Independent media can play a comparable role; as with the filming of the "cop riot" at the May 2002 Reclaim the Streets party, high-quality video or still photography in particular can play a role in highlighting police abuses; under some circumstances, the visible presence of a technological record can put limits on police behaviour, but suitable arrangements need to be made to ensure the rapid handing-on of images to safe third parties (for example, using bike couriers or Internet cafes to upload data). Independent journalists can of course themselves become targets of police attacks.

One rapidly developing area is the use of online sites to record and publicise police violence in particular, and more generally to support demonstrators (eg calling for people to come and support protestors under police threat). This can range from twitter feeds covering police actions via live streaming of demonstrators’ experiences to direct broadcasting from protests.
Copwatch tactics are more associated with issues around “social policing”, for example harassment of young men in disadvantaged communities. Copwatch groups in the USA and Canada organise patrols monitoring police interactions with civilians. On occasion this has been successful in forcing inquiries into particular incidents.

In the context of political policing, the UK’s Fitwatch group has been particularly effective in turning surveillance back on the intrusive and aggressive “Forward Intelligence Teams”, publishing their names and photos in a “name and shame” process, deliberately blocking their attempts at surveillance, and publicising illegal police activity.

Community-based projects, such as the Newham Monitoring Project in London, can integrate casework with research and monitoring on police racism as well as campaigning on specific issues.

Protests directly targetting police behaviour can often be effective in various ways; in Dublin police have been withdrawn from the locations of the Terence Wheelock campaign marches, while in Italy there were more protestors at police violence after the 2001 Genoa protests (at which one protestor was shot and killed) than there had been at the protests themselves.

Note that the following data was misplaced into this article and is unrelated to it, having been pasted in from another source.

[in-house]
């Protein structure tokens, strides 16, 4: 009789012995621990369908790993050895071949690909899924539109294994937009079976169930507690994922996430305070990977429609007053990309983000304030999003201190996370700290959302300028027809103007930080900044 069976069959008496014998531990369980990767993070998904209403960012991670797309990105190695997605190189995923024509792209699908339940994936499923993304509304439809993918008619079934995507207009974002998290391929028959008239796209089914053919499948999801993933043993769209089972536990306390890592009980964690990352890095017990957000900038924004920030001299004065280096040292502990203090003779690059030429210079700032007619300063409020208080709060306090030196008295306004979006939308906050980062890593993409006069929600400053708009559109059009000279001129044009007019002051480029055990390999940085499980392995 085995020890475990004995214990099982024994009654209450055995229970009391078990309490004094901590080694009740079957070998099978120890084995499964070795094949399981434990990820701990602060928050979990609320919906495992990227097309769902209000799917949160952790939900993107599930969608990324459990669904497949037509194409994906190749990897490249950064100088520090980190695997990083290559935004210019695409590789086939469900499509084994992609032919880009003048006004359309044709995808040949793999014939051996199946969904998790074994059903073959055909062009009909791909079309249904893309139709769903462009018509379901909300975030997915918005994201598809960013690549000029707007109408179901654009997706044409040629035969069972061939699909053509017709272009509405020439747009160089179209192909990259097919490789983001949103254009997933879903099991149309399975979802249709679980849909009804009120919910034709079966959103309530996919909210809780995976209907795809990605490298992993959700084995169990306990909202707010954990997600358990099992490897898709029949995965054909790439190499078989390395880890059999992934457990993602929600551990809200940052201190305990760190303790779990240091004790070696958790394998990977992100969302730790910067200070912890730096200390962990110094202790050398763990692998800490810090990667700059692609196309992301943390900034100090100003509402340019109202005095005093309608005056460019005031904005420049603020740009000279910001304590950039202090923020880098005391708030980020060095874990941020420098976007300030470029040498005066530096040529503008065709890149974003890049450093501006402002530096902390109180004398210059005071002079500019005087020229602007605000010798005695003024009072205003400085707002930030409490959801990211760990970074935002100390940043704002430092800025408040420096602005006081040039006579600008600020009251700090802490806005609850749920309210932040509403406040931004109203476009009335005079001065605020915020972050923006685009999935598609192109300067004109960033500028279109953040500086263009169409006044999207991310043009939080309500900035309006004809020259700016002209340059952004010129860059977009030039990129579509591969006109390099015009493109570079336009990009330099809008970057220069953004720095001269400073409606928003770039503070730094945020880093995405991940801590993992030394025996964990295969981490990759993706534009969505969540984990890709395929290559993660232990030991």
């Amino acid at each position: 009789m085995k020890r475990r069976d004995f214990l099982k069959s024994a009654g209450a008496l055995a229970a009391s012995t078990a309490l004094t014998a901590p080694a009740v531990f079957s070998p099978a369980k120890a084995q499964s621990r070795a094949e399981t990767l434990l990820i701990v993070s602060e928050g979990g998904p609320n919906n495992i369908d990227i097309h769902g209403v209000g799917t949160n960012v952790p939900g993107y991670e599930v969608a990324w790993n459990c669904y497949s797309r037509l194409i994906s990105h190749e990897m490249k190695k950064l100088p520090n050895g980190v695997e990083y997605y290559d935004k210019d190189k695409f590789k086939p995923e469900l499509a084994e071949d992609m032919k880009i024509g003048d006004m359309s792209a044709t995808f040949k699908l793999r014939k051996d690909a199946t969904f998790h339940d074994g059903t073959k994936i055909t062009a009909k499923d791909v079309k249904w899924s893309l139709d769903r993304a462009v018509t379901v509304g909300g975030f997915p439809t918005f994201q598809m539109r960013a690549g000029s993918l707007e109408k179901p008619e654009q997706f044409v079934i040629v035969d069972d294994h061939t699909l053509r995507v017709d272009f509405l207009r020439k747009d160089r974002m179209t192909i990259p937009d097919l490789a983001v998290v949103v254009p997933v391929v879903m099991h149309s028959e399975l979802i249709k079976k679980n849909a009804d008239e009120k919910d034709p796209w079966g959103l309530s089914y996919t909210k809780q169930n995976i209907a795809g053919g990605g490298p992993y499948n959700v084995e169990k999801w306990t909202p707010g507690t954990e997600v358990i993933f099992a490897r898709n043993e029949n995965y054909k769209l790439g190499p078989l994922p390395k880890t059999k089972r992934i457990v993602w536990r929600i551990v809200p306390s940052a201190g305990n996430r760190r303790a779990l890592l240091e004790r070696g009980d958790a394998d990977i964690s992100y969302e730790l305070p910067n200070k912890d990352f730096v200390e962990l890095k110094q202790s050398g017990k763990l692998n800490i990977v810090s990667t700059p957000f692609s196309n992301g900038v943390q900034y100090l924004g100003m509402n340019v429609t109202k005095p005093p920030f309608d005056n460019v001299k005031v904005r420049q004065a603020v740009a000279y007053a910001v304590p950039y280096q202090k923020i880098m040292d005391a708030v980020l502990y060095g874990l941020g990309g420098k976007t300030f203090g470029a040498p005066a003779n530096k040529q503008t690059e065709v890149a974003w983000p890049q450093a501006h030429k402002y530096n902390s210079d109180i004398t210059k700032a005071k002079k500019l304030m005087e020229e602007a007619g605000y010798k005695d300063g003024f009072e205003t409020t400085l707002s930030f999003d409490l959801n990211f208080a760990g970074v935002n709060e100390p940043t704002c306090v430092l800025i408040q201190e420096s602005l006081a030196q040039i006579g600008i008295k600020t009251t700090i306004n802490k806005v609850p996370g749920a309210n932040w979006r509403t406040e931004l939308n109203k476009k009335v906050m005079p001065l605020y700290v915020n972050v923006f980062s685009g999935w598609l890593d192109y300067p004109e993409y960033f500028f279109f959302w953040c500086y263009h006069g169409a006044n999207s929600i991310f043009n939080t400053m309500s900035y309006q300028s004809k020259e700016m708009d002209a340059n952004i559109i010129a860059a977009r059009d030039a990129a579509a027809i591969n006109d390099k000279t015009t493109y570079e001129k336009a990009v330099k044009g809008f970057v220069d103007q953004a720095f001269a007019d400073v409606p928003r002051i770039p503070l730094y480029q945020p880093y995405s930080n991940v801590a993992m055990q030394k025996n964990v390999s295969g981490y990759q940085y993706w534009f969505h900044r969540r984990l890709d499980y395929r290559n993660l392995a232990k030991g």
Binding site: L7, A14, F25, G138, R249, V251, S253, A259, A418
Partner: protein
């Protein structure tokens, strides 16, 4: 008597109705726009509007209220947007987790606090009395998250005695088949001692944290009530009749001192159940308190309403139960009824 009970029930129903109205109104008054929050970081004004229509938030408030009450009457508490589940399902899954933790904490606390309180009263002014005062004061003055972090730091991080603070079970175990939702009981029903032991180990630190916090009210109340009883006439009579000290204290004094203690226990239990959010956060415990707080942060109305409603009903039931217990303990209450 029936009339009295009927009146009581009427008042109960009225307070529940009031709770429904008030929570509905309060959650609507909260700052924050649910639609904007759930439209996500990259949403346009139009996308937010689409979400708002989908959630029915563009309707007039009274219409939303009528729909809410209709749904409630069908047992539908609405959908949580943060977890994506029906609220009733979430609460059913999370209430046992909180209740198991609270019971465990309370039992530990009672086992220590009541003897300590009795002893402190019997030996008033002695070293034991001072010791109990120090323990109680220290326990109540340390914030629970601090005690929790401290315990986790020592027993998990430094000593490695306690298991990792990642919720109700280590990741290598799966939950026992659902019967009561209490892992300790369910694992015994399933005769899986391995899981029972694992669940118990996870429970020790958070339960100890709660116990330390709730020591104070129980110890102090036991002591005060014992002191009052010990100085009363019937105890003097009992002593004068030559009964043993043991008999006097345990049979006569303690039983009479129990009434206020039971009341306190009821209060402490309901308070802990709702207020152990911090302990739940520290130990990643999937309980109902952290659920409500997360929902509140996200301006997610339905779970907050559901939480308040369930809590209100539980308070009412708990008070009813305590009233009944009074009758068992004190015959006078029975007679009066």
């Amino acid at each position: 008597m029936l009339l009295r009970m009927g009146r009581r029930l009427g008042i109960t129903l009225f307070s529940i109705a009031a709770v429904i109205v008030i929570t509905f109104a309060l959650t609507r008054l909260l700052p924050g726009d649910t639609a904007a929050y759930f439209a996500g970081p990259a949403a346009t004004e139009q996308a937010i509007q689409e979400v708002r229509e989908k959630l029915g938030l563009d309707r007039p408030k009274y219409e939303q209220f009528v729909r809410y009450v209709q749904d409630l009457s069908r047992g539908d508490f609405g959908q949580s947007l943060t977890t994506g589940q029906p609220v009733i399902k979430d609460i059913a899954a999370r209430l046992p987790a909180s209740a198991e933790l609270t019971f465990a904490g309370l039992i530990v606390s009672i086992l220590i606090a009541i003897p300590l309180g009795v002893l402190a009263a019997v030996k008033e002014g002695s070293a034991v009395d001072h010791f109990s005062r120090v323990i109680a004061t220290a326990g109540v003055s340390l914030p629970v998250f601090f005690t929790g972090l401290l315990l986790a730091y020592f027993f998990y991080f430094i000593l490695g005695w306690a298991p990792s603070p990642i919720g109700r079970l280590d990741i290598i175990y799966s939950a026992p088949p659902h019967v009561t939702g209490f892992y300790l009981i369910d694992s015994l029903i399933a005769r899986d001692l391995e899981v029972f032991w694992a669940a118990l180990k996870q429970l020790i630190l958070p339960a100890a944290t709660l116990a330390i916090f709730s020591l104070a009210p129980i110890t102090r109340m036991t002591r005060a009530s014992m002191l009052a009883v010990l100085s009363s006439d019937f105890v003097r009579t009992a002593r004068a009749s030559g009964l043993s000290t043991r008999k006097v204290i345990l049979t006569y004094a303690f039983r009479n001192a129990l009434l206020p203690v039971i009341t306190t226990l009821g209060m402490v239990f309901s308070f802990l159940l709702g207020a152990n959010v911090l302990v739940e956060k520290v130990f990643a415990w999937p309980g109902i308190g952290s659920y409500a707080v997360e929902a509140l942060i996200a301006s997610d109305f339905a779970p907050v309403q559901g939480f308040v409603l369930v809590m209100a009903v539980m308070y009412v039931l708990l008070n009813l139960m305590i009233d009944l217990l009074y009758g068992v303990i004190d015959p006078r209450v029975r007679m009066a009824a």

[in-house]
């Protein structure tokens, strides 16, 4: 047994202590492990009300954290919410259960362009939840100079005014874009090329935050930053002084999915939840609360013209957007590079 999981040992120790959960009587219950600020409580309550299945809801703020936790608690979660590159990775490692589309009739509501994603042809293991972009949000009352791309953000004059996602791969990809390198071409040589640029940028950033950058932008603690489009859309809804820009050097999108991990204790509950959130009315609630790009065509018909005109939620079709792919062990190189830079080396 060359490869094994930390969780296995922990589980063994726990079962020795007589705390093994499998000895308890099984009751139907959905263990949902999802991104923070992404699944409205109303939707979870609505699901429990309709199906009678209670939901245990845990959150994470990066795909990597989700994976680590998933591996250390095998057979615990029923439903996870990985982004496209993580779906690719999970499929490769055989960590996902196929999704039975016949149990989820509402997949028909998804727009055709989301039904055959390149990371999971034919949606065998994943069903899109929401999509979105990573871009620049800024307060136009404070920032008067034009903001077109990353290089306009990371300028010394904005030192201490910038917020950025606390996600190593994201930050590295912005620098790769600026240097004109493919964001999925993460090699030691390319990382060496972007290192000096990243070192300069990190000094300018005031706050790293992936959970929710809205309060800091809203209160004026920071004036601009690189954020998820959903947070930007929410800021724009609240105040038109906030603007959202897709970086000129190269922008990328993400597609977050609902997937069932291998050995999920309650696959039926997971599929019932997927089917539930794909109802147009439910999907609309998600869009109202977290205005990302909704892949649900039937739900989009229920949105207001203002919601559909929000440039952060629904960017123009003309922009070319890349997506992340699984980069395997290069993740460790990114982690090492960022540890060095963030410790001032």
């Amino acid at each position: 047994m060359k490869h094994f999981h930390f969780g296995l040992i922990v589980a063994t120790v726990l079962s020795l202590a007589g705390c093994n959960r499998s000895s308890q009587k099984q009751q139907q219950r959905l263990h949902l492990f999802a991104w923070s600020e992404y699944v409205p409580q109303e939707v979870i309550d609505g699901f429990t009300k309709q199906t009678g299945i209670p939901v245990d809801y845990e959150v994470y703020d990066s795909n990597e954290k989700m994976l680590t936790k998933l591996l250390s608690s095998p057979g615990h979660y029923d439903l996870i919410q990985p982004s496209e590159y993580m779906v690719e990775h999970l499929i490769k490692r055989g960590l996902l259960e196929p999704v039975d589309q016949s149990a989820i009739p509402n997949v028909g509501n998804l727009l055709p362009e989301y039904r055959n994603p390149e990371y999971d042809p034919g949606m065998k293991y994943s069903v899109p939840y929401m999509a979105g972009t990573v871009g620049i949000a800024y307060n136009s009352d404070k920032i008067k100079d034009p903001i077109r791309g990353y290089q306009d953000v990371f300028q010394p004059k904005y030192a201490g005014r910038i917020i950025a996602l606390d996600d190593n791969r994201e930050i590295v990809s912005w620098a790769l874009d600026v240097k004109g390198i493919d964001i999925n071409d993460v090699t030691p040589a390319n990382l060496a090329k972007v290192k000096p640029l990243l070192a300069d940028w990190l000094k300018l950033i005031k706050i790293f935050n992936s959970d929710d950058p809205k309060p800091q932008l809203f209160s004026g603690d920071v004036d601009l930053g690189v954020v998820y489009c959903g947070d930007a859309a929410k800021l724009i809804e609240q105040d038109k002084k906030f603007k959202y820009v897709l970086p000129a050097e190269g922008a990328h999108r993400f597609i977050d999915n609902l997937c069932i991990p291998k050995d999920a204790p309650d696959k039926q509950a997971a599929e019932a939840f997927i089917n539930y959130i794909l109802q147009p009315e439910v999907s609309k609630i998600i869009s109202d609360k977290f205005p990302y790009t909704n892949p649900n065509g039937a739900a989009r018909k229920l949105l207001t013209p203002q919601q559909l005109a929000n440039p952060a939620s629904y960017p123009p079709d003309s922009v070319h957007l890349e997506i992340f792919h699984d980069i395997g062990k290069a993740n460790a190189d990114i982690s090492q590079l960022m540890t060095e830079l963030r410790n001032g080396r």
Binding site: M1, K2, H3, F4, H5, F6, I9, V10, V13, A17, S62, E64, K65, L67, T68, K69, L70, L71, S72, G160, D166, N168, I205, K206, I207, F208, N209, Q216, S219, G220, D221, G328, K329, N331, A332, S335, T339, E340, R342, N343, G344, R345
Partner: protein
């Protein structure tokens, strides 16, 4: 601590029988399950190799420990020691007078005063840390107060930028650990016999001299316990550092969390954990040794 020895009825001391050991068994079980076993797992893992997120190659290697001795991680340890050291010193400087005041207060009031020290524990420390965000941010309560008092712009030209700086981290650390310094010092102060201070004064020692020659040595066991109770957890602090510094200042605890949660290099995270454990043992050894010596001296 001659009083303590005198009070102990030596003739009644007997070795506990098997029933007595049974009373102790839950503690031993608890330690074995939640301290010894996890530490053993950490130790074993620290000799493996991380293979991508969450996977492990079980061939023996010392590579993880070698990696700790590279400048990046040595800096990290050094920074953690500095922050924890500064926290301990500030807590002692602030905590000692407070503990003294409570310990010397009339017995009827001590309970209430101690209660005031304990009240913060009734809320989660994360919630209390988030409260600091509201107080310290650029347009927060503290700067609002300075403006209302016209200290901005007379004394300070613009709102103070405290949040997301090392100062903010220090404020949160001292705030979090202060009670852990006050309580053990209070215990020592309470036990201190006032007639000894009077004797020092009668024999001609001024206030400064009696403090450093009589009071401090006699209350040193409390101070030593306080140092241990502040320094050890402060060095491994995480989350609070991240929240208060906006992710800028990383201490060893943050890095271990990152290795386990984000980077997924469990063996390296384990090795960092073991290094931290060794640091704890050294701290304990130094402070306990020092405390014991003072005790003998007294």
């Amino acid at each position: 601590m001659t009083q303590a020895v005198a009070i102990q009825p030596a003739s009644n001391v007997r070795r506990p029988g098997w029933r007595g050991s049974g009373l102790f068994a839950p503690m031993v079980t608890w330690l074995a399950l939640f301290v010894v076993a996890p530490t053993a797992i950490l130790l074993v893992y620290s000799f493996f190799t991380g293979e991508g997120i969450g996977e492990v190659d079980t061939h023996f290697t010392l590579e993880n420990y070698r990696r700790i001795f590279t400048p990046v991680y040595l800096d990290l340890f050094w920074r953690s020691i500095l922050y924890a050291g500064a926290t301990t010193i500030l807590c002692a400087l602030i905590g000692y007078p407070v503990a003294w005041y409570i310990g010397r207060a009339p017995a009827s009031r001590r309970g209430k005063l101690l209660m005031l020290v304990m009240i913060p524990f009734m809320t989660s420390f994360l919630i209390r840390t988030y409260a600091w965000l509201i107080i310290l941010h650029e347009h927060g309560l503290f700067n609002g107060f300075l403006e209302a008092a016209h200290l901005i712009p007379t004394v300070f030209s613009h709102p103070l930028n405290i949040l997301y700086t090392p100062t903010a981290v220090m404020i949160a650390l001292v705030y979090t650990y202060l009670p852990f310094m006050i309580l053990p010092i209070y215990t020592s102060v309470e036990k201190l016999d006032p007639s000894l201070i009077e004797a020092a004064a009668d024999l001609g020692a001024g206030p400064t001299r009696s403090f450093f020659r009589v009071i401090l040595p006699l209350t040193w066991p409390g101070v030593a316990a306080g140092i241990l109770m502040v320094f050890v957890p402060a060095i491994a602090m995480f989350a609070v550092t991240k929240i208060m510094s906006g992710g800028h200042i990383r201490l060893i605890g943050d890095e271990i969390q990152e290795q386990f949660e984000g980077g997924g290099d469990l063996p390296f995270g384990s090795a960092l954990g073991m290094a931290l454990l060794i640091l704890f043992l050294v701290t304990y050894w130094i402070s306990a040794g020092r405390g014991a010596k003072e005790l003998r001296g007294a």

Self-defence and exclusion of police has been a response of some beleaguered communities, usually ethnic minorities.

Sometimes this has been in response to attacks by racist mobs (as in Notting Hill in 1958), at other times (as with various Native American protests) in response to police racism; Free Derry in 1969 started with assaults on the Bogside by the RUC and "Paisleyite" mobs. Such organisations have usually been targetted directly by police forces (most famously in the case of the Black Panthers, which were founded in opposition to police brutality in Oakland and which pioneered neighbourhood patrols.)

Critical police organisations and critical judicial bodies are relatively common in western Europe, such as the German Bundesarbeitsgemeinschaft kritischer Polizistinnen und Polizisten (Federal Working Group of Critical Police Officers, 1987 - present), a body of current and past police officers who understand themselves as "citizens in uniform", the Republikanischer Anwältinnen- und Anwälteverin (Republican Lawyers, 1979 – present), which plays a similar role for German lawyers, the centre-left Magistratura democratica (Democratic Judiciary, 1964 – present) in Italy, Magistrats européens pour la démocratie et les libertés (European Judges for Democracy and Liberties, 1985 – present), representing trade unions and associations of judges from 11 different European countries committed to the defence of democracy and human rights, and so on